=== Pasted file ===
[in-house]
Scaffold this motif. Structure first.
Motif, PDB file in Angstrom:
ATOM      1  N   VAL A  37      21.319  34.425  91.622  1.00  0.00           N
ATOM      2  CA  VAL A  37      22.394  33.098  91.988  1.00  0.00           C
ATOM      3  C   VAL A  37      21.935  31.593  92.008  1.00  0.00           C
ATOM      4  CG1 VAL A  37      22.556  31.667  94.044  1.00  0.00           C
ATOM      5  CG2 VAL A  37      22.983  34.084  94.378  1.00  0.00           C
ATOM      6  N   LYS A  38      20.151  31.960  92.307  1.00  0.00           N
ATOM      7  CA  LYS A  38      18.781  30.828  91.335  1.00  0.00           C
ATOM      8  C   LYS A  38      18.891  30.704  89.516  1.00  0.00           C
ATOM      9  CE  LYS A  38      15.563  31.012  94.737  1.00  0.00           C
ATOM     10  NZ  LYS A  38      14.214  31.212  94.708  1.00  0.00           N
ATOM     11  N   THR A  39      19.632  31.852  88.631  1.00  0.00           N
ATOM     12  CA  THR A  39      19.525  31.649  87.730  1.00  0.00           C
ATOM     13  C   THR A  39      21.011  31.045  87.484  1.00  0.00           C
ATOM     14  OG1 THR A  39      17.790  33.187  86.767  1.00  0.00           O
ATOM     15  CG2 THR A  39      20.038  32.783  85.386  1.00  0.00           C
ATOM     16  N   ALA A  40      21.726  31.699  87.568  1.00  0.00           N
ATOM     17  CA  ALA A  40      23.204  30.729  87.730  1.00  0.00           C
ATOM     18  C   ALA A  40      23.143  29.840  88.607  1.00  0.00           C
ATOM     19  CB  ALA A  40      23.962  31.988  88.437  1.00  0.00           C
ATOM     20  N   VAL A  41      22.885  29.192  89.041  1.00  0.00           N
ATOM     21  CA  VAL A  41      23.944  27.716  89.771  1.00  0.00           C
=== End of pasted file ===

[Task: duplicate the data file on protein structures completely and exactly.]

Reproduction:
[in-house]
Scaffold this motif. Structure first.
Motif, PDB file in Angstrom:
ATOM      1  N   VAL A  37      21.319  34.425  91.622  1.00  0.00           N
ATOM      2  CA  VAL A  37      22.394  33.098  91.988  1.00  0.00           C
ATOM      3  C   VAL A  37      21.935  31.593  92.008  1.00  0.00           C
ATOM      4  CG1 VAL A  37      22.556  31.667  94.044  1.00  0.00           C
ATOM      5  CG2 VAL A  37      22.983  34.084  94.378  1.00  0.00           C
ATOM      6  N   LYS A  38      20.151  31.960  92.307  1.00  0.00           N
ATOM      7  CA  LYS A  38      18.781  30.828  91.335  1.00  0.00           C
ATOM      8  C   LYS A  38      18.891  30.704  89.516  1.00  0.00           C
ATOM      9  CE  LYS A  38      15.563  31.012  94.737  1.00  0.00           C
ATOM     10  NZ  LYS A  38      14.214  31.212  94.708  1.00  0.00           N
ATOM     11  N   THR A  39      19.632  31.852  88.631  1.00  0.00           N
ATOM     12  CA  THR A  39      19.525  31.649  87.730  1.00  0.00           C
ATOM     13  C   THR A  39      21.011  31.045  87.484  1.00  0.00           C
ATOM     14  OG1 THR A  39      17.790  33.187  86.767  1.00  0.00           O
ATOM     15  CG2 THR A  39      20.038  32.783  85.386  1.00  0.00           C
ATOM     16  N   ALA A  40      21.726  31.699  87.568  1.00  0.00           N
ATOM     17  CA  ALA A  40      23.204  30.729  87.730  1.00  0.00           C
ATOM     18  C   ALA A  40      23.143  29.840  88.607  1.00  0.00           C
ATOM     19  CB  ALA A  40      23.962  31.988  88.437  1.00  0.00           C
ATOM     20  N   VAL A  41      22.885  29.192  89.041  1.00  0.00           N
ATOM     21  CA  VAL A  41      23.944  27.716  89.771  1.00  0.00           C